To carry out a single-particle QW simulation, we split the two input photons with a polarizing beam splitter (PBS) and let the -polarized photon only enter the QW setup. The -polarized photon, reflected at the PBS, is sent directly to a detector and provides a trigger, so as to operate the QW simulation in a heralded single-photon quantum regime. The photon entering the QW setup is initially prepared in the arbitrarily polarized state , where the two complex coefficients and (such that ) can be selected at will by a QWP-HWP set (apart from an unimportant global phase). The photon then undergoes the QW evolution and, at the exit, is analyzed in both polarization and OAM so as to determine the output probabilities. Details on these projective measurements in OAM are given in SI. In Fig. 3 we report the experimental and predicted results relative to a 4-steps QW of a single photon, for two possible input polarization states, and both in the standard and hybrid configurations (two additional input polarization cases are given in Fig. S1 in the SI).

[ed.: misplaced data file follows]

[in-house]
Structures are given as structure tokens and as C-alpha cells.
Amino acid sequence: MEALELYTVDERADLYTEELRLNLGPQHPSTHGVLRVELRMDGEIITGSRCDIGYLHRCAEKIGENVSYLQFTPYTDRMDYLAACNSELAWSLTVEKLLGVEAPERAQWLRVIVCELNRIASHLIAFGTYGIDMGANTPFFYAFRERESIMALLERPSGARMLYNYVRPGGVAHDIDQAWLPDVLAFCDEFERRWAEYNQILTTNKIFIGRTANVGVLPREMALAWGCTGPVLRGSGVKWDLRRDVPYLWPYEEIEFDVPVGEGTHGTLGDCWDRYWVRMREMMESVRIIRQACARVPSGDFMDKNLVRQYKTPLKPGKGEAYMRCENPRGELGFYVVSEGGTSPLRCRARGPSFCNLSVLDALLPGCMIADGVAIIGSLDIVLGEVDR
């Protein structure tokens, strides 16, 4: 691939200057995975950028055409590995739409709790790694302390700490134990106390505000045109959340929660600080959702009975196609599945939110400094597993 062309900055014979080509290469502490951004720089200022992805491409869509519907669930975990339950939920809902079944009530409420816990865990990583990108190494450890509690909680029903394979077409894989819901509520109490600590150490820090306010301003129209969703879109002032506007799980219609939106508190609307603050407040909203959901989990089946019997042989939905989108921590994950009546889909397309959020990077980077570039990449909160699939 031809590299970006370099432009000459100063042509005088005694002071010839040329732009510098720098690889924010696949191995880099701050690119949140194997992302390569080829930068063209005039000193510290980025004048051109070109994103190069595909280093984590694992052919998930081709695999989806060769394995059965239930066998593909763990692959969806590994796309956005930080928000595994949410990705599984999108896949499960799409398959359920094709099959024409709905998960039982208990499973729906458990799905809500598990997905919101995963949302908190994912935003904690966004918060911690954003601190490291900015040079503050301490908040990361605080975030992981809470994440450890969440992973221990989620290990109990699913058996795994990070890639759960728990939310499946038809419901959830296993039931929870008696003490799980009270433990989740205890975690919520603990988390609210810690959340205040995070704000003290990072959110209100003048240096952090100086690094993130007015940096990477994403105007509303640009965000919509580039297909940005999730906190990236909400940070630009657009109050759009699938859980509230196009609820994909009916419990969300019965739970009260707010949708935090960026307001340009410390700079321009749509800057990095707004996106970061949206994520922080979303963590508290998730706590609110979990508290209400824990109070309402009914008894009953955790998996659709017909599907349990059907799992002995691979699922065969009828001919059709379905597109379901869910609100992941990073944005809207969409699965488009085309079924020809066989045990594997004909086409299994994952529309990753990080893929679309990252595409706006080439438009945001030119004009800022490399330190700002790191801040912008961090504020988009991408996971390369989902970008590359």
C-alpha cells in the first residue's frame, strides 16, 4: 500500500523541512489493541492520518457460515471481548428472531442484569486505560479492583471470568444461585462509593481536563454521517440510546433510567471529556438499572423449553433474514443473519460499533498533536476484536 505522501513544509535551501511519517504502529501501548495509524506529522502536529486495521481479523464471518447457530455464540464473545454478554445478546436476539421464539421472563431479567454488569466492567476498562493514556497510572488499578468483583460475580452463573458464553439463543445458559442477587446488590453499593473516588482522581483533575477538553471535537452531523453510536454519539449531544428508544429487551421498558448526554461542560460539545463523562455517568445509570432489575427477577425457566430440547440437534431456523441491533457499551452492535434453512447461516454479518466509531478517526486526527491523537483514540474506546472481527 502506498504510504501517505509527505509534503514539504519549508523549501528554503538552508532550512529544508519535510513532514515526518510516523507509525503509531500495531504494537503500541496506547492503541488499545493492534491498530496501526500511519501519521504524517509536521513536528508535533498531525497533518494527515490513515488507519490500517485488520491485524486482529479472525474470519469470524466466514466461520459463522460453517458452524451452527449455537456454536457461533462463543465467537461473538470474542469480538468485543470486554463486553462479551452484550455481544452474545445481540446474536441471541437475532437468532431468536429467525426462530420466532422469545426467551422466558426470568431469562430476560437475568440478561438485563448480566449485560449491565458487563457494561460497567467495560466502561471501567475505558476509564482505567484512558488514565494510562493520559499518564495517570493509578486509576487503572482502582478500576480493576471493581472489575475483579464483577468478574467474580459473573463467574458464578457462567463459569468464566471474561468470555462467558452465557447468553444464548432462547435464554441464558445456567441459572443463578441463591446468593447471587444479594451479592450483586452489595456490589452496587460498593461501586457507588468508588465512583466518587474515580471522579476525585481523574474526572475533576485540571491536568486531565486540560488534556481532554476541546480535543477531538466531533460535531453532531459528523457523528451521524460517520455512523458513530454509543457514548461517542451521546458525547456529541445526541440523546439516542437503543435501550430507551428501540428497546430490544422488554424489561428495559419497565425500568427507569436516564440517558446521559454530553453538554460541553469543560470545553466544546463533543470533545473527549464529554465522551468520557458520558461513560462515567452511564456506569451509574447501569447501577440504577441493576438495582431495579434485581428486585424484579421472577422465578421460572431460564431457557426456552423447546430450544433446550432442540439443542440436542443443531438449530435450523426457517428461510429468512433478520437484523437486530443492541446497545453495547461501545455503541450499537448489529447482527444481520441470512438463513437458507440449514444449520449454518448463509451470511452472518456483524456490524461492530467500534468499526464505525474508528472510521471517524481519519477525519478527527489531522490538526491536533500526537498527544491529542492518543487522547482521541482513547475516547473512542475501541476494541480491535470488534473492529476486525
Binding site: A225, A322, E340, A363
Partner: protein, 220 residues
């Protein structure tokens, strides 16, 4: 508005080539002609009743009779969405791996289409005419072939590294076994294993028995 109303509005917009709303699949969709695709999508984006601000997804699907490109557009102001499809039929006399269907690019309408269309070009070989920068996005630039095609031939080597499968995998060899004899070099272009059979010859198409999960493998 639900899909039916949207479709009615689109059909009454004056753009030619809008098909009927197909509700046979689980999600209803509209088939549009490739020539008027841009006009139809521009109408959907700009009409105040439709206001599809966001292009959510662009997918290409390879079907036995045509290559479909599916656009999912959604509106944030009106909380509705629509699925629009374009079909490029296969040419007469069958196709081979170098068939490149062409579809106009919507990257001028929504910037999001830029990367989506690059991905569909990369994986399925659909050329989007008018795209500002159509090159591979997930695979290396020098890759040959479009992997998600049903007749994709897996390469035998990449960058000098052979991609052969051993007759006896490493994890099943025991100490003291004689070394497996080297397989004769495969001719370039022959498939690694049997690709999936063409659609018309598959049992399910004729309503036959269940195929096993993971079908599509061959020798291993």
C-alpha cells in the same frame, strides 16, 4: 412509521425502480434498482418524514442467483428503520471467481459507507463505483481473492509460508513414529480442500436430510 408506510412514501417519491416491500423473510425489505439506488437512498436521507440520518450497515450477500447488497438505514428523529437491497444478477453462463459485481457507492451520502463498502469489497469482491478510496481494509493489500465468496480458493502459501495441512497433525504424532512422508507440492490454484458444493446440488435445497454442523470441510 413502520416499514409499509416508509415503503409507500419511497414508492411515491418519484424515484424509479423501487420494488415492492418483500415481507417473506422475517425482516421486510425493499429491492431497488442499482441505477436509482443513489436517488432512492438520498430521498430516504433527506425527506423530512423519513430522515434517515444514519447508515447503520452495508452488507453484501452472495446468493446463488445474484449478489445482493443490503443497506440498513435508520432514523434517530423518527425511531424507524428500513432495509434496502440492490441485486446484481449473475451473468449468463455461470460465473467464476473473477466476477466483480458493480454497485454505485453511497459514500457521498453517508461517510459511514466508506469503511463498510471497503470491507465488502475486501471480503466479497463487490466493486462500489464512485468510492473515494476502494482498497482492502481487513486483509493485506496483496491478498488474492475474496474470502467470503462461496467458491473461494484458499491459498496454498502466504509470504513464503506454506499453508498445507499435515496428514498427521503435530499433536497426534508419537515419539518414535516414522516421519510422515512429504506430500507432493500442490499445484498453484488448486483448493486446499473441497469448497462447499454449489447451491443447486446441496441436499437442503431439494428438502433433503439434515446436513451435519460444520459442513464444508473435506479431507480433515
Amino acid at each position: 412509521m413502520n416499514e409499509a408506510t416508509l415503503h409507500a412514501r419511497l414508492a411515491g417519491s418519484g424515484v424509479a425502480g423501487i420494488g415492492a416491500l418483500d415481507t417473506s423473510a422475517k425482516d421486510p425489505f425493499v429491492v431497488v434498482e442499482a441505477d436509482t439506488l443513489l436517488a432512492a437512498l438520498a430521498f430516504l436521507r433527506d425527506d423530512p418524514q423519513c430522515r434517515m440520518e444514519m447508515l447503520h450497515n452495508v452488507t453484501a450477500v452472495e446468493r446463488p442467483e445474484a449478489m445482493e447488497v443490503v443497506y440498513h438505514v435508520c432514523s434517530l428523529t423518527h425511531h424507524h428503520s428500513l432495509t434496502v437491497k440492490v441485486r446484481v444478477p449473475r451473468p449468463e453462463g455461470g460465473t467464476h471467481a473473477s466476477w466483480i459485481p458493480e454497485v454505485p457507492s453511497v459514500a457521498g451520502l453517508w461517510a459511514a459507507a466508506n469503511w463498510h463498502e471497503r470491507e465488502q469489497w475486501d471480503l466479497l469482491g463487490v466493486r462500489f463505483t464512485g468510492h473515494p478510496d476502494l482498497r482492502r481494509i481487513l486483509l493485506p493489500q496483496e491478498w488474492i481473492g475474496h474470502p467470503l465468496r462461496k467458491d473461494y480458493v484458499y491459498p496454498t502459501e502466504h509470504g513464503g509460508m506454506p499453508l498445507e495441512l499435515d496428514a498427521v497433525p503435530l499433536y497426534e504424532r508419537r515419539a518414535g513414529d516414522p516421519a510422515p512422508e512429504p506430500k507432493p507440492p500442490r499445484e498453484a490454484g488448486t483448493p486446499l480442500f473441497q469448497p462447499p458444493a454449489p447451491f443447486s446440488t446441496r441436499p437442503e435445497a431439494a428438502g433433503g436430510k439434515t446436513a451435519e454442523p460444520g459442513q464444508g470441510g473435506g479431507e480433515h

To investigate the simultaneous QW of two identical photons, both input photons were sent in the QW setup, after adjusting the input polarization to (this is not the only possible choice, but it represents a typical case). At the exit of the QW cascade, we split the two photons with a beam splitter and analyze them both in polarization and OAM, so as to obtain the joint probability distribution (see Fig. 2). In Fig. 4, the results relative to a 3-steps QW are reported and compared with the theoretical predictions obtained for indistinguishable photons (taking into account also the effect of the beam splitter). The two distributions show a good qualitative agreement. The predictions for the case of distinguishable photons is also shown for comparison, to highlight the role of two-particle interferences in the final distributions. The measured distributions are also found to violate the characteristic inequalities that constrain the correlation distributions obtained with two classical light sources instead of two photons A.Peruzzo et al. (2010), or with two distinguishable photons, as illustrated in the SI (Figs. S2 and S3). This proves that the measured correlations must be quantum and that they include the effect of multiparticle interferences.

To evaluate more quantitatively the agreement between measured and predicted probability distributions, and , we computed their “similarity”